In recent times, coal prices have seen a spectacular drop in international markets. However, this doesn’t mean that imported coal is dominating the Polish market. According to a journalistic analysis published in “Dziennik Zachodni,” Polish coal has successfully competed with prices based on the ARA index. Surprisingly, not only in terms of quality but also in price, domestically sourced coal is the clear winner in Poland.
Journalists conducted a detailed examination to verify whether July’s coal prices for heating homes and apartments support the idea circulating in the media that it’s wise to stock up on fuel during the summer for the winter season. Coal prices have been decreasing on the market, and sellers are enticing customers with numerous discounts. Nevertheless, the cost of the popular fuel for heating households is still significantly higher than before the 2022 crisis. The ARA indexes in European ports exert strong pressure on sellers in Poland. However, the comparative data gathered by “Dziennik Zachodni” journalists shows that domestic producers have successfully adapted to this change.
The government’s municipal supply program (with prices fixed at 2,000 PLN per ton) played a crucial role in overcoming last year’s high prices in private coal depots. Additionally, the successful strategy of the Polish Mining Group PGG S.A. has broken the archaic and unnecessarily expensive sales and distribution model of coal in the communal sector.
Advertisements for coal in the media and on the internet are a novelty in Poland this summer! It seems that the shortage is behind us, and now is the most advantageous time to stock up for the upcoming heating season, as coal is relatively cheap, and sellers are offering discounts. Therefore, the journalists tried to investigate how much the prudent buyers, purchasing coal in summer, will pay for winter fuel.
Coal prices are spectacularly dropping in foreign markets. In early June of this year, the price declines at the coal ports in Amsterdam, Rotterdam, and Antwerp (where the so-called benchmark, the ARA index of European coal prices, is established) broke the psychological barrier of one hundred dollars per tonne for the first time in the last two years. When converted to Polish złoty, coal per tonne in ARA cost just under 400 PLN. This means that there has been strong pressure on the Polish market for at least a month to reduce the prices of “black gold.” However, it is not possible to directly copy ARA prices, as the farther away from the sea terminals, the more expensive the transportation of raw materials will be. Additionally, prices in depots are increased by intermediaries’ margins and sellers themselves.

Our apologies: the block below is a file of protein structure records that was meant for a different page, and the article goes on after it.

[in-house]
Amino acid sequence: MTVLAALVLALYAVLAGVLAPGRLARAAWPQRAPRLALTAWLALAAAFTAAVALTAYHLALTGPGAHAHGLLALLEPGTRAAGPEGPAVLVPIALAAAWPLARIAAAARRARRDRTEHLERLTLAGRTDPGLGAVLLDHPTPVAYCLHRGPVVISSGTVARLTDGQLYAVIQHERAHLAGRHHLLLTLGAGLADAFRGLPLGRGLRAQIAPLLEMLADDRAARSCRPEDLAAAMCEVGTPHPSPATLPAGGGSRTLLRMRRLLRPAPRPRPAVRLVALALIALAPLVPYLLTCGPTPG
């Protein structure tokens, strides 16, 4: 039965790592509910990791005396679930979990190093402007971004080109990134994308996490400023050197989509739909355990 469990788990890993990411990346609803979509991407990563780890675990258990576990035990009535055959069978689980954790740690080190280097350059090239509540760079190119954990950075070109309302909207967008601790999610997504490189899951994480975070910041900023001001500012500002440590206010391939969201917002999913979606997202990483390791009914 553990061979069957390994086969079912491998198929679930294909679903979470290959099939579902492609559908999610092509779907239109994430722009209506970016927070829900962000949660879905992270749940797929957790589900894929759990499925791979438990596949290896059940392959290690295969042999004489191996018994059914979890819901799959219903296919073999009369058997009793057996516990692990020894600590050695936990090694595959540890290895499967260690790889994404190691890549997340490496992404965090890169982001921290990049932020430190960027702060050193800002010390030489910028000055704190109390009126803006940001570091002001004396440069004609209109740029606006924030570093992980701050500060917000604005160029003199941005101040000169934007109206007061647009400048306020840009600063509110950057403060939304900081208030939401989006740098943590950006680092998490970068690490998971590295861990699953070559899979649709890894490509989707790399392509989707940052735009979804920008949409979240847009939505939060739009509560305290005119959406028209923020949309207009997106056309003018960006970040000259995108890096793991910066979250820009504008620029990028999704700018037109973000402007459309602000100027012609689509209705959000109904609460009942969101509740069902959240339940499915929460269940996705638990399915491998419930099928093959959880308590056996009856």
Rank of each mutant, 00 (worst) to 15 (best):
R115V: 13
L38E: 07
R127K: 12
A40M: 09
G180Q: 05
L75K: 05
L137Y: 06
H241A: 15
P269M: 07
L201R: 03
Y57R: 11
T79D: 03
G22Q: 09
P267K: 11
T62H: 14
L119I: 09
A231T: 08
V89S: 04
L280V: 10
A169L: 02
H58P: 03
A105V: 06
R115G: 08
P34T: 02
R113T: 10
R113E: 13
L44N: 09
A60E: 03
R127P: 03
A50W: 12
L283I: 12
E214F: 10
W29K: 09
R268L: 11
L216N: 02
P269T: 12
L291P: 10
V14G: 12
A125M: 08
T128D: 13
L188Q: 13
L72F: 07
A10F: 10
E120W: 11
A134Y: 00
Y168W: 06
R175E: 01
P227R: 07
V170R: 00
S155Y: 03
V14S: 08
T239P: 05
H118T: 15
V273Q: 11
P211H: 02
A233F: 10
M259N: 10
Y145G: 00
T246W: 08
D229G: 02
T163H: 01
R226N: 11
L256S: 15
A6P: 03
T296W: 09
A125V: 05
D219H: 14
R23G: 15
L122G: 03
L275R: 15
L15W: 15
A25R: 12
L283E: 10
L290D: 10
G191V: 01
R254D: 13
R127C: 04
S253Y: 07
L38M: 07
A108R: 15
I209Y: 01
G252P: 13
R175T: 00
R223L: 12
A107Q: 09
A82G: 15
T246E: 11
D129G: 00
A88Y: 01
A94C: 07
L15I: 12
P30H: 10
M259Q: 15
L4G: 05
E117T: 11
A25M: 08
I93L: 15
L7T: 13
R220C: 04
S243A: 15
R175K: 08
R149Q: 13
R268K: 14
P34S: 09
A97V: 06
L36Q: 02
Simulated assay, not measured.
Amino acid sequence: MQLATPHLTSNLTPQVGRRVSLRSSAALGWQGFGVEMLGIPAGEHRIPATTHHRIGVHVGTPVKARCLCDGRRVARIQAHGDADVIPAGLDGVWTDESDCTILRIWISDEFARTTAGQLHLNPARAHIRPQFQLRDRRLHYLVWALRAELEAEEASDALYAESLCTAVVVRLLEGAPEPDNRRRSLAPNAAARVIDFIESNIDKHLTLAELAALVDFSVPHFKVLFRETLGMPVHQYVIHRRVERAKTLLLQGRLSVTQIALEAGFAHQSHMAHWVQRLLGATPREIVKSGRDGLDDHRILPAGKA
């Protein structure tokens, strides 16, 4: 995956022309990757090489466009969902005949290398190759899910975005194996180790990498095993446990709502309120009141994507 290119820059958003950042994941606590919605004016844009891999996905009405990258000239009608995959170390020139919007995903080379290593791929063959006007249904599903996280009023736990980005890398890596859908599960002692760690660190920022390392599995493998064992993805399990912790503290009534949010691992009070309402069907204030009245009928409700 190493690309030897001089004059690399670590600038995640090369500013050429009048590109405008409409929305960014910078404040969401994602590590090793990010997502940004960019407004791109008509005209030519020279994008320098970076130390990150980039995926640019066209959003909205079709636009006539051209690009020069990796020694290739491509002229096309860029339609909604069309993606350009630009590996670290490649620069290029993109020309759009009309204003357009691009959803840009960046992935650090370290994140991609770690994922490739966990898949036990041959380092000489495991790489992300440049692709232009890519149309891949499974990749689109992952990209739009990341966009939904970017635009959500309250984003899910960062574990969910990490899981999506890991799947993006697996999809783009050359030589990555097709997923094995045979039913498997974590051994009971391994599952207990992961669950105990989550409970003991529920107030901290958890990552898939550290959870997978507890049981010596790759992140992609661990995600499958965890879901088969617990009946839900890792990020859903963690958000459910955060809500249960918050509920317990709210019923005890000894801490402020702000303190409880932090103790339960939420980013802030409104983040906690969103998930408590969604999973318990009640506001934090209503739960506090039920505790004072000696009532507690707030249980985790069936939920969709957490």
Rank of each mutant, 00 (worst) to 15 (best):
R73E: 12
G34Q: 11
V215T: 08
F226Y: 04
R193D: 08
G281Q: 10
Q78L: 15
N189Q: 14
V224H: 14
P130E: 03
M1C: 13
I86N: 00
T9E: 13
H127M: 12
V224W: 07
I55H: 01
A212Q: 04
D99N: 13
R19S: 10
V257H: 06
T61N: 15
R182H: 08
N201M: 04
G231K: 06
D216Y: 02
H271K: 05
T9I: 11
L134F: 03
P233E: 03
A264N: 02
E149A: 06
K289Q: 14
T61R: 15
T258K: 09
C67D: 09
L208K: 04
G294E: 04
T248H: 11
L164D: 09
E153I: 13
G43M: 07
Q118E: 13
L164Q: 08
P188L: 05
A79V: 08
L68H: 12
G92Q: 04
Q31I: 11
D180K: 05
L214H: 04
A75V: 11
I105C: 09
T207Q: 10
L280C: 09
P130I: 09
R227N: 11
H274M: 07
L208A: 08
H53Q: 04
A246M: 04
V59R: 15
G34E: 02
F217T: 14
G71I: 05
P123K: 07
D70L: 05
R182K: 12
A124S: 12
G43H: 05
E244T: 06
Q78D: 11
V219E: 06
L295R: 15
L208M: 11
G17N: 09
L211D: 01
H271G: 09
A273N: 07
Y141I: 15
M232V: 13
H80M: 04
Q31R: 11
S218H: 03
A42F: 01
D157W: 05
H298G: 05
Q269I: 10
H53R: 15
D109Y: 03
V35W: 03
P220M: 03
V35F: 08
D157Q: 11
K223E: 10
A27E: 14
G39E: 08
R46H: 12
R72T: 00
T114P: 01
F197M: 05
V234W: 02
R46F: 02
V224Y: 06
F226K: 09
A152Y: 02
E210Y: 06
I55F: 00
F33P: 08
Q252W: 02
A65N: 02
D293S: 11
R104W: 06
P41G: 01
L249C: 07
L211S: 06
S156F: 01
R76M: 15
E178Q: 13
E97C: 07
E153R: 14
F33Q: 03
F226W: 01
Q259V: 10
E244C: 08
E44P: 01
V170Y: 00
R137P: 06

Last year, many people in Poland witnessed that imported coal from overseas ports is often of low quality and requires expensive sorting and removal of unwanted fractions. Coal extracted on other continents might have uncertain or variable quality, being softer, more humid, and burning less efficiently than the coal we are accustomed to in Poland. The ARA prices are also highly dynamic: on June 20th, the price had already risen compared to the beginning of the month and amounted to 118 dollars per ton, whereas in July, the ARA index remained at around 115 dollars per ton (about 470 PLN per ton).
In depots, there is a sense of humility after last year’s price shock. Everyone remembers the huge alarm when coal depots priced a ton of hard coal (the most sought-after eco-pea coal) at PLN 3,500 to 4,000, or even more. Since then, the owners of these depots have calmed down, and prices are now, on average, at least half as low.
The decline in prices was largely influenced by the government’s municipal supply program, where coal was provided by municipalities at a price capped at 2,000 PLN per ton. Another important factor was the successful strategy of the Polish Mining Group S.A., which decided to break away from its previous authorized sellers due to their reluctance to lower prices. The new model introduced by the Polish Mining Group allowed anyone in the country to buy bulk coal directly from their mines via the internet, without intermediaries, and at producer prices. This move caused a revolution in the Polish coal market, as it eliminated the traditional distribution model based on intermediaries and significantly reduced costs for individual customers.
The prices of coal in Polish deposits are now influenced by the prices set by the state-owned Polish Mining Group. Additionally, the controlled network of KDW significantly reduces transport costs to various parts of the country, making it the lowest possible or even zero.
The article also provides a detailed comparison of coal prices in different outlets, such as coal depots, shopping centers, and the Polish Mining Group’s online store. As a result of the changes and price adjustments, Polish coal is currently the most affordable and attractive option for customers in the domestic market.